Mr. WATSON. Well, I would like to go back to what I said before. The taxpayer has a complete right to efficient public service, and that is the most important right that he has.

We believe that the public service should be a democratic public service, but we do not believe that a man, because he has been a successful businessman, has necessarily any right to be a postmaster other than to compete for it on the basis of his ability.

The CHAIRMAN. That is exactly what we are talking about. Mr. WATSON. That is right, and he can compete right alongside of the career man.

The CHAIRMAN. He cannot if you are going to set up a system of promoting them all from within the service. Mr. WATSON. I did not say all. I think primarily, yes.

The CHAIRMAN. Please understand that I am not opposed to promoting them from within the service. I have done that myself. But I do not think that we ought to put such emphasis on this that we are going to discriminate against a good citizen who has perhaps made his contribution to the Government in other ways than by actually being an employee of the Government.

Mr. Watson. I do not think we would disagree along that point. I believe that these particular agencies know the value of career development which is unimpeded.

But our main point is that the value that can come from career development is impeded by this particular type of appointment.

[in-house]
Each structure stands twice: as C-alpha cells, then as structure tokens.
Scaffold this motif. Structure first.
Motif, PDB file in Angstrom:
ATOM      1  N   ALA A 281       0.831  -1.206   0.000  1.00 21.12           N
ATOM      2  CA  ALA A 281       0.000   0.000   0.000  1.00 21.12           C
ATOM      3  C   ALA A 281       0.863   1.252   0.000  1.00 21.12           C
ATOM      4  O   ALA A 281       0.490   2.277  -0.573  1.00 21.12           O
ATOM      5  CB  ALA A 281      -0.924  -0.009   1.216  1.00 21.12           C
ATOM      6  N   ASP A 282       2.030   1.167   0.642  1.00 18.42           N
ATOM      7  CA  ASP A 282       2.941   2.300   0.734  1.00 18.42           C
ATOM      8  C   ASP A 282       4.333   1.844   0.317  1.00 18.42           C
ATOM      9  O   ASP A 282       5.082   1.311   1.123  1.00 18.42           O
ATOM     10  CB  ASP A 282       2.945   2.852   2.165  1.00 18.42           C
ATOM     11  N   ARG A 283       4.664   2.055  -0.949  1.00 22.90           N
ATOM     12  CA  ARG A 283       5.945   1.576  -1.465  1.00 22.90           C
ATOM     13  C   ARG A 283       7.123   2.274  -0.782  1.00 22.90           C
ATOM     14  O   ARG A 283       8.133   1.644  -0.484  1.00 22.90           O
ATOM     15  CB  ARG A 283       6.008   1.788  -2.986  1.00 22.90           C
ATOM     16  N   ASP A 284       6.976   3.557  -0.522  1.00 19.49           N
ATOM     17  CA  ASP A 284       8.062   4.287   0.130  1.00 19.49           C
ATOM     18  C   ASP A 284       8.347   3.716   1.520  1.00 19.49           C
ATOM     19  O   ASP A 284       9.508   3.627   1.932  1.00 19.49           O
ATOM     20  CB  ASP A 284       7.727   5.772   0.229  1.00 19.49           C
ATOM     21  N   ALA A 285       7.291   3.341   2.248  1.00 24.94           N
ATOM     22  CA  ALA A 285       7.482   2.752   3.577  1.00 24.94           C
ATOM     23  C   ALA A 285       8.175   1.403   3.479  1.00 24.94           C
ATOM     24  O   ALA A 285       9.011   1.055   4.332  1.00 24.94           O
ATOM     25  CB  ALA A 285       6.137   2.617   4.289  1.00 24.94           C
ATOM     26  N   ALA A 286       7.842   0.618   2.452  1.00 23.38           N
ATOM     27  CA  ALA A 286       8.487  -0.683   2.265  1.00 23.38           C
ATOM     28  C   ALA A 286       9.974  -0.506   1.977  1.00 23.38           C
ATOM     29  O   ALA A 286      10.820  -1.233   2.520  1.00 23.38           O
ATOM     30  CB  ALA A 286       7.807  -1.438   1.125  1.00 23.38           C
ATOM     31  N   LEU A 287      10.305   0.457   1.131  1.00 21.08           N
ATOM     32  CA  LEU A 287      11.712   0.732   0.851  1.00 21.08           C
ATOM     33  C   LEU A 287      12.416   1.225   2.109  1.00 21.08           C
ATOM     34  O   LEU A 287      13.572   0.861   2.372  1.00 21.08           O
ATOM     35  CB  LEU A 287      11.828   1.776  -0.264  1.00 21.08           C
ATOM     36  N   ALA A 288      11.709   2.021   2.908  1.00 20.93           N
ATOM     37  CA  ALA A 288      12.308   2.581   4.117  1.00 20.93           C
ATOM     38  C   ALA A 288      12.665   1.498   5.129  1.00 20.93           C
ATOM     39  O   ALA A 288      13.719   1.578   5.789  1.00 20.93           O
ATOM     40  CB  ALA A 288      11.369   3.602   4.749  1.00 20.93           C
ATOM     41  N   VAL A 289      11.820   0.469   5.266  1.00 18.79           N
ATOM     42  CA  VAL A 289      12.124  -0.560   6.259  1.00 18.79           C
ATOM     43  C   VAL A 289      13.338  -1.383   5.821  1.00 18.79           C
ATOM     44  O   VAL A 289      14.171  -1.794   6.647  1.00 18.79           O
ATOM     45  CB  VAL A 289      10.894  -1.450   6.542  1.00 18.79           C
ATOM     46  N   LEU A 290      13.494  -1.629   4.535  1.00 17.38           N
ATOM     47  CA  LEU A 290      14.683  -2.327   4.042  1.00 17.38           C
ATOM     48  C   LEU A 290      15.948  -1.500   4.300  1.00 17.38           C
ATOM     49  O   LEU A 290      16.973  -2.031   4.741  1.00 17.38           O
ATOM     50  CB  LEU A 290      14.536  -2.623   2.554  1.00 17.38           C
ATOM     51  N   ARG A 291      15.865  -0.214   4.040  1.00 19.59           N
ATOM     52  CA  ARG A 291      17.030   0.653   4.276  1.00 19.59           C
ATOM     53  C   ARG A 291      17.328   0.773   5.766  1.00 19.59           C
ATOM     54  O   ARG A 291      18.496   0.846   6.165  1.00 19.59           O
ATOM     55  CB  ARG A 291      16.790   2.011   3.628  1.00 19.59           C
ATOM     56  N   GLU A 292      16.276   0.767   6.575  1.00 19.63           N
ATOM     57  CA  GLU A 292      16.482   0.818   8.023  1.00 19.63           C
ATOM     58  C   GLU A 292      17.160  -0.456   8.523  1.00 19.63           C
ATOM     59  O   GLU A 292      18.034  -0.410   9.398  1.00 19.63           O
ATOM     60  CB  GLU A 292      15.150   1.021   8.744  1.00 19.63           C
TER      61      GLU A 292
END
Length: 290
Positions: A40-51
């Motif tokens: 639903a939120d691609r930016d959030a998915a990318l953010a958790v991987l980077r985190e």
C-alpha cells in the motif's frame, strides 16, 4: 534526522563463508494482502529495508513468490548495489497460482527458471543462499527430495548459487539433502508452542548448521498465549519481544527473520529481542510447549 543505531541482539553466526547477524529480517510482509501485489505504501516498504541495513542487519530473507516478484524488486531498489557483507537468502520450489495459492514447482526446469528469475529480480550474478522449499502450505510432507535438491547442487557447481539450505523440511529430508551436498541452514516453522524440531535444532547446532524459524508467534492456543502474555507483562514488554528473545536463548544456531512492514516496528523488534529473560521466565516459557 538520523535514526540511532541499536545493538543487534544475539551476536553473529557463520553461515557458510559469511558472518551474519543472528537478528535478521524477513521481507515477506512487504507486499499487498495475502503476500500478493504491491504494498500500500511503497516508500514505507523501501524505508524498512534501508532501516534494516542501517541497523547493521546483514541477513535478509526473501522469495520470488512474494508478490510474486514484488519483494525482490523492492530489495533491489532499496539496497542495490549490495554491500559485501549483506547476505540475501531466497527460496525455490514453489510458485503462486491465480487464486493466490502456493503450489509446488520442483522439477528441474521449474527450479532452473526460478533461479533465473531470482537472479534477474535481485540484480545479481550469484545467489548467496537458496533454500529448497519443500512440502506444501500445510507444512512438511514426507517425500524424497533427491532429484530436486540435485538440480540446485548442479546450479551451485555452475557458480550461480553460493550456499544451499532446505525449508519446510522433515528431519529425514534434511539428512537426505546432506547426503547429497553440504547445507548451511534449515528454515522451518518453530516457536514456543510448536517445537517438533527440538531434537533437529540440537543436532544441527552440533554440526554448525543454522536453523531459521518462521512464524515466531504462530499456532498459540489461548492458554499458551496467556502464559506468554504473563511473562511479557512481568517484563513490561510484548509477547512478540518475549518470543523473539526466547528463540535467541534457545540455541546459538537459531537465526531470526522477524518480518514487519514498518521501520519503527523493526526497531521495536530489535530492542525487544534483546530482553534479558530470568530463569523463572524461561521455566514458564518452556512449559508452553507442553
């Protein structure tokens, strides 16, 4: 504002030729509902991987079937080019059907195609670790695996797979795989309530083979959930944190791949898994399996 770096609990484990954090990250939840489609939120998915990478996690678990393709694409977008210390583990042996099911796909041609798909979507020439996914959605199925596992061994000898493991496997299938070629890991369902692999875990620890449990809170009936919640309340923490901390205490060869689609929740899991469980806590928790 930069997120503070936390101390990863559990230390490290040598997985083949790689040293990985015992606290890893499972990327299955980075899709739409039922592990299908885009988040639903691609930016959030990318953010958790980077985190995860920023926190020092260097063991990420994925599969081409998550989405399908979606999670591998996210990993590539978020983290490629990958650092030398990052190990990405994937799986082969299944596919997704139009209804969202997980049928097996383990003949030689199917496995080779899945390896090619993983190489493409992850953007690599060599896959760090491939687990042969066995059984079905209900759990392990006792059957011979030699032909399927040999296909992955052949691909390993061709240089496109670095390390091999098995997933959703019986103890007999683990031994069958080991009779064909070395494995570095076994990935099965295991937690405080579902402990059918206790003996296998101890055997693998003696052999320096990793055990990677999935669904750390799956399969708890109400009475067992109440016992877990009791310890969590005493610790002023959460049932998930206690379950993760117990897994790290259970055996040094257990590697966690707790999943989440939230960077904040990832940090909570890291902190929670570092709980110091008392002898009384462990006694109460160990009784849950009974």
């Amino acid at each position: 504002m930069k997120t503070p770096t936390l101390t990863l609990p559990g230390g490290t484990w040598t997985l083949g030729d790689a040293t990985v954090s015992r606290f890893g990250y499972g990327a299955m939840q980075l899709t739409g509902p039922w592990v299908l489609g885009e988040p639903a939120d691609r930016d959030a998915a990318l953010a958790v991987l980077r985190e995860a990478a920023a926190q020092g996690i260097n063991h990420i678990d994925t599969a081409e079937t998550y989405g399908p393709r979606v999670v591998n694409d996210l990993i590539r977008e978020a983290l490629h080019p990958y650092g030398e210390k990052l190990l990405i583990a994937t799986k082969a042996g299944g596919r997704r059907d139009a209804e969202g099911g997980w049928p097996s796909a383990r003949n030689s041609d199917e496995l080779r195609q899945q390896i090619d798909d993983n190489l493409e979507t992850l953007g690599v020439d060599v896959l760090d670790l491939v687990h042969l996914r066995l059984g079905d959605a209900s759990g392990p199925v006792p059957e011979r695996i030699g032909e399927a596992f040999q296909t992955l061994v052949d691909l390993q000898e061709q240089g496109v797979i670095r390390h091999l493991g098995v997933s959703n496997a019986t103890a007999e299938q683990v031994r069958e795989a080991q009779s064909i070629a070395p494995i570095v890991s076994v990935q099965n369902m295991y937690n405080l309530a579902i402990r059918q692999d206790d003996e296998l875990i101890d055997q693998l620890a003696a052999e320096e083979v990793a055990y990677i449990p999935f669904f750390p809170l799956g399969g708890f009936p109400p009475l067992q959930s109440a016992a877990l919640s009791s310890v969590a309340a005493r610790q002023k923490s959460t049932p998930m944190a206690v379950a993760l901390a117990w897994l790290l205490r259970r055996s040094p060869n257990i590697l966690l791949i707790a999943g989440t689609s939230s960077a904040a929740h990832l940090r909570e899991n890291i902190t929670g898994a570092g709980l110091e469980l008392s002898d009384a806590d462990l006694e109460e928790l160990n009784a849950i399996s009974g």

The other point is that, with all due respect to the personal attention which I am sure you give to these positions when you can, we do not believe that Nation-wide the Senators or the Congressmen are equipped on their staffs or with their investigating facilities to do the job which it is contemplated should be done. In many places, not all, of course, the pattern of confirmation is approval by local selfish political machines which do not dignify your position or the position of the United States Senate.

The CHAIRMAN. Well, on that theory then, everybody who is elected to Congress is elected by a machine.

Mr. Watson. No, I didn't say that. I said that in many cases that is true.

The CHAIRMAN. But that is not the fault of the postal system. Mr. WATSON. The postal system at present in some places supports that kind of machine.